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From the American Revolution to the present, the United States has enjoyed a rich and persuasive visual culture. These images have constructed, sustained, and disseminated social values and identities, but this unwieldy, sometimes untidy form of cultural expression has received less systematic attention than other modes of depicting American life. Recently, scholars in the humanities have developed a new critical approach to reading images and the cultural work they perform. This practice, American cultural iconography, is generating sophisticated analyses of how images organize our public life. The contributions to this volume exhibit the extraordinary scope and interpretive power of this interdisciplinary study while illuminating the dark corners of the nation’s psyche.
Drawing on such varied texts and visual media as daguerreotypes, political cartoons, tourist posters, and religious artifacts, these essays explore how pictures and words combine to teach us who we are and who we are not. They examine mimesis in elegant portraits of black Freemasons, industrial-age representations of national parks, and postwar photographs of atomic destruction. They consider how visual culture has described and disclosed the politics of racialized sexuality, whether subconsciously affirming it in the shadows of film noir or deliberately contesting it through the interethnic incest of John Sayles’s Lone Star. Students of literature, film, and history will find that these essays extend the frontier of American studies.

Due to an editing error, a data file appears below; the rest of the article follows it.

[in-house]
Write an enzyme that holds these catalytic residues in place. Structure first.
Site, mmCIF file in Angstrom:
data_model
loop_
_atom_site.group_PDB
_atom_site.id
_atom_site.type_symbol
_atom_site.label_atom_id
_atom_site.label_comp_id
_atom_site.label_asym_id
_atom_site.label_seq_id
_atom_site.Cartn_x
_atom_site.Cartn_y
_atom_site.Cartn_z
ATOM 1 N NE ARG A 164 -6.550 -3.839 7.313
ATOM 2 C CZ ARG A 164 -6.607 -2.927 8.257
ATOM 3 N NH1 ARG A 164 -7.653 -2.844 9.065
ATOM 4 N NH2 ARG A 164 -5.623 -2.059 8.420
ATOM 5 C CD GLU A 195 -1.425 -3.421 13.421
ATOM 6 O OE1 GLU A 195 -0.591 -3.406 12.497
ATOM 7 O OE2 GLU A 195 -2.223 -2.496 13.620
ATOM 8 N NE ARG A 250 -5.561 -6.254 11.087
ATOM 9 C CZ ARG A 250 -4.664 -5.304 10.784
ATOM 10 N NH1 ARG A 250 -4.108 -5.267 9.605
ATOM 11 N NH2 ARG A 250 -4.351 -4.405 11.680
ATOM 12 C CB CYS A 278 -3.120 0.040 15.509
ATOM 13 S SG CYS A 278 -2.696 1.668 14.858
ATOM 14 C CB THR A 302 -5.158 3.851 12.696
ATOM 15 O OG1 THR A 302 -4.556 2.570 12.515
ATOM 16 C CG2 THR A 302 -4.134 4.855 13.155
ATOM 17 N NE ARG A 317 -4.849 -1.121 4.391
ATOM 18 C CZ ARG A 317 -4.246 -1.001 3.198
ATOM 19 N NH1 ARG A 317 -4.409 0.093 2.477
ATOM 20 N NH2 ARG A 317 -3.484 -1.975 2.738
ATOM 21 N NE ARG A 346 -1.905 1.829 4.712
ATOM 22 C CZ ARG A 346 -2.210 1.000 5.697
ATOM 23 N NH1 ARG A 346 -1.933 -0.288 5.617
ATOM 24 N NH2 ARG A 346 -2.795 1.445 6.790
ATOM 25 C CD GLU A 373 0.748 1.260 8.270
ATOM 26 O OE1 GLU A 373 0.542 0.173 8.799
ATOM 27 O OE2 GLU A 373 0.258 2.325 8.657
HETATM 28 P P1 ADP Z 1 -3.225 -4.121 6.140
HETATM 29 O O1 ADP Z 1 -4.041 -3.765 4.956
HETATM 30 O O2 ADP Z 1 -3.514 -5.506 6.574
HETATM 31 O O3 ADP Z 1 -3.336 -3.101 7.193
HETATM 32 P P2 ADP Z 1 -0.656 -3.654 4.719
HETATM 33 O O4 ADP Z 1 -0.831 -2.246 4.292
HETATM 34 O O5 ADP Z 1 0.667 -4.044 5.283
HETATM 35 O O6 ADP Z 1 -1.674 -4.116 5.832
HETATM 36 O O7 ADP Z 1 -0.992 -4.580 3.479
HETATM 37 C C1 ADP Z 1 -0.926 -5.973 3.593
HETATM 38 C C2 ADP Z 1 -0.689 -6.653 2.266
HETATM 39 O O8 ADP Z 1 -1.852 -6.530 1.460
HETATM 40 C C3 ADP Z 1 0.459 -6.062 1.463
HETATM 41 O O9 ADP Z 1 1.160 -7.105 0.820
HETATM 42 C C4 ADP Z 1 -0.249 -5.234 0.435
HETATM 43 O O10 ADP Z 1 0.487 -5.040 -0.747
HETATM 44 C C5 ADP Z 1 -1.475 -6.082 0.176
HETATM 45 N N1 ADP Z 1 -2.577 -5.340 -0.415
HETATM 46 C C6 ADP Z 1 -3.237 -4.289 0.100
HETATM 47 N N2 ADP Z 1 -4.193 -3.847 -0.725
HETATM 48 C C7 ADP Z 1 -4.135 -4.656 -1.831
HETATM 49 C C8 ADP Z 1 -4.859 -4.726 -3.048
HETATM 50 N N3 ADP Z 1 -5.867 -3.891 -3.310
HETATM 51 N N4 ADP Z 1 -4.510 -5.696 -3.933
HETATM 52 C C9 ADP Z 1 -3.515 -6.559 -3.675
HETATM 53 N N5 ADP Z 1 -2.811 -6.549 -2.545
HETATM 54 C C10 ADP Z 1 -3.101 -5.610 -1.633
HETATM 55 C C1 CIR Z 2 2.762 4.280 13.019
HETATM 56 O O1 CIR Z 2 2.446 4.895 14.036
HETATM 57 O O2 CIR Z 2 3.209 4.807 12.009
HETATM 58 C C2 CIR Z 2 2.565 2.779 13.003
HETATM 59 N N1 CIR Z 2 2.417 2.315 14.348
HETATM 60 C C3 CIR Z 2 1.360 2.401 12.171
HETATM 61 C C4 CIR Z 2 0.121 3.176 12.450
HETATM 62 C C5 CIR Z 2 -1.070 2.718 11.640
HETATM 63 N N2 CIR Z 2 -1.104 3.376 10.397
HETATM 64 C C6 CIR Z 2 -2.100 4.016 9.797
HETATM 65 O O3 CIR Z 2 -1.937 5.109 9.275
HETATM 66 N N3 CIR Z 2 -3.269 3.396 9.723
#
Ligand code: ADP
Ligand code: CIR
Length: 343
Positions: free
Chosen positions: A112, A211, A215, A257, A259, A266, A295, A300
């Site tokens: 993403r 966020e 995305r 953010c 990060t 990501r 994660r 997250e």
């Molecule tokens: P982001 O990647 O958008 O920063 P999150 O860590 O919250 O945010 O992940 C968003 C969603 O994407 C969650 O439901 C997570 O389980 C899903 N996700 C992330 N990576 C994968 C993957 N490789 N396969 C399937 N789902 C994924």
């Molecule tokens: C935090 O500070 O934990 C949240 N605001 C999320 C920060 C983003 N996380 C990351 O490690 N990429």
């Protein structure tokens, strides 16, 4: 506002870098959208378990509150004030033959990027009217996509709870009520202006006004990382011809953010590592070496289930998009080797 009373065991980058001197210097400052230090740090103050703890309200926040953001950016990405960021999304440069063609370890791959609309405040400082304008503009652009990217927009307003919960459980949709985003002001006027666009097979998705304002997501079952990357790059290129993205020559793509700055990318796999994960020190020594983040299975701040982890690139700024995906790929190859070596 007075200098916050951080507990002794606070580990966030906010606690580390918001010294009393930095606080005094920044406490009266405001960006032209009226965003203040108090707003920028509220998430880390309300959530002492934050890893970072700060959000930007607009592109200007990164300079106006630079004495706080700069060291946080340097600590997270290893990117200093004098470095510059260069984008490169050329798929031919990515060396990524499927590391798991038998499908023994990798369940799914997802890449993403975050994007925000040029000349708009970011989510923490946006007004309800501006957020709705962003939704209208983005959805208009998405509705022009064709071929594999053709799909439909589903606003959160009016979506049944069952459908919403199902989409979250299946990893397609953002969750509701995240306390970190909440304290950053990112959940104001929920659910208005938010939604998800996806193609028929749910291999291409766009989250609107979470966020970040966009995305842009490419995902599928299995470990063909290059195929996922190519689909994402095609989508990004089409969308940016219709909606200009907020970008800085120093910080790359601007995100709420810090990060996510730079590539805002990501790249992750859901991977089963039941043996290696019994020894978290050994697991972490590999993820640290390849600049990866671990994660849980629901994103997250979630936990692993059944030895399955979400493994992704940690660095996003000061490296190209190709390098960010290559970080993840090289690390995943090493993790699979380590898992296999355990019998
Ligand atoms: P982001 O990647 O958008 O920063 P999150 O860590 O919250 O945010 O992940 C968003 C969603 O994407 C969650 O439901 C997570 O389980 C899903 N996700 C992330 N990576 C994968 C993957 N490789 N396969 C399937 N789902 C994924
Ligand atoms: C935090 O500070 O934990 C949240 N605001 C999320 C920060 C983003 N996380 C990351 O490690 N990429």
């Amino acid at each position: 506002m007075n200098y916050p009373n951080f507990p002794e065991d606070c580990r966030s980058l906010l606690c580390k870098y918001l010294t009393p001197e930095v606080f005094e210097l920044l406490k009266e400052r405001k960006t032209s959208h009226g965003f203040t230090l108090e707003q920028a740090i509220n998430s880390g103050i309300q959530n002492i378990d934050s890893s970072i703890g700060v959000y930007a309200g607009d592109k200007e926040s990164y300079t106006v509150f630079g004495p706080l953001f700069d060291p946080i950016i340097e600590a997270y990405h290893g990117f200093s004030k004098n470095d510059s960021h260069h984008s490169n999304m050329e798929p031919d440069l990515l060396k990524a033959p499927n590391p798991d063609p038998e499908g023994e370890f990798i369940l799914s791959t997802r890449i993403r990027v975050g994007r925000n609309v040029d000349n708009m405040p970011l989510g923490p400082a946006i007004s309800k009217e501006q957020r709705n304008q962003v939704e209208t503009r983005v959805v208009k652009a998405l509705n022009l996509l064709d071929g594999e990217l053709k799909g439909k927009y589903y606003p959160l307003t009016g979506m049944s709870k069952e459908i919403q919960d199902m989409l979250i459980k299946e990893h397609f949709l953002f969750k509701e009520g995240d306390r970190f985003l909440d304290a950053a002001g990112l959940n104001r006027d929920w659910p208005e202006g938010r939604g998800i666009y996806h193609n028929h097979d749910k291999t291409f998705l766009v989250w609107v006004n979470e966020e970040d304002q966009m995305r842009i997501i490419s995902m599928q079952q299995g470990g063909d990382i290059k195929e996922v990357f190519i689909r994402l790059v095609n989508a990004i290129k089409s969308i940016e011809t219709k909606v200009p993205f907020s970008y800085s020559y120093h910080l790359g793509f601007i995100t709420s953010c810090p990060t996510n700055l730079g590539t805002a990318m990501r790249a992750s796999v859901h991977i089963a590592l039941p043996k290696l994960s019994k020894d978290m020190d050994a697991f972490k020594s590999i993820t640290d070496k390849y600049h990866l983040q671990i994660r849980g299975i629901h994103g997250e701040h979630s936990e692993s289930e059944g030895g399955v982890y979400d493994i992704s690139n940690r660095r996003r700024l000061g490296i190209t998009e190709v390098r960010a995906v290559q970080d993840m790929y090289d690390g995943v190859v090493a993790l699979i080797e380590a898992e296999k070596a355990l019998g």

The contributors are Maurice Wallace, Dennis Berthold, Alan Trachtenberg, Shirley Samuels, Jenny Franchot, Cecelia Tichi, Eric Lott, Bryan C. Taylor, and José E. Limón.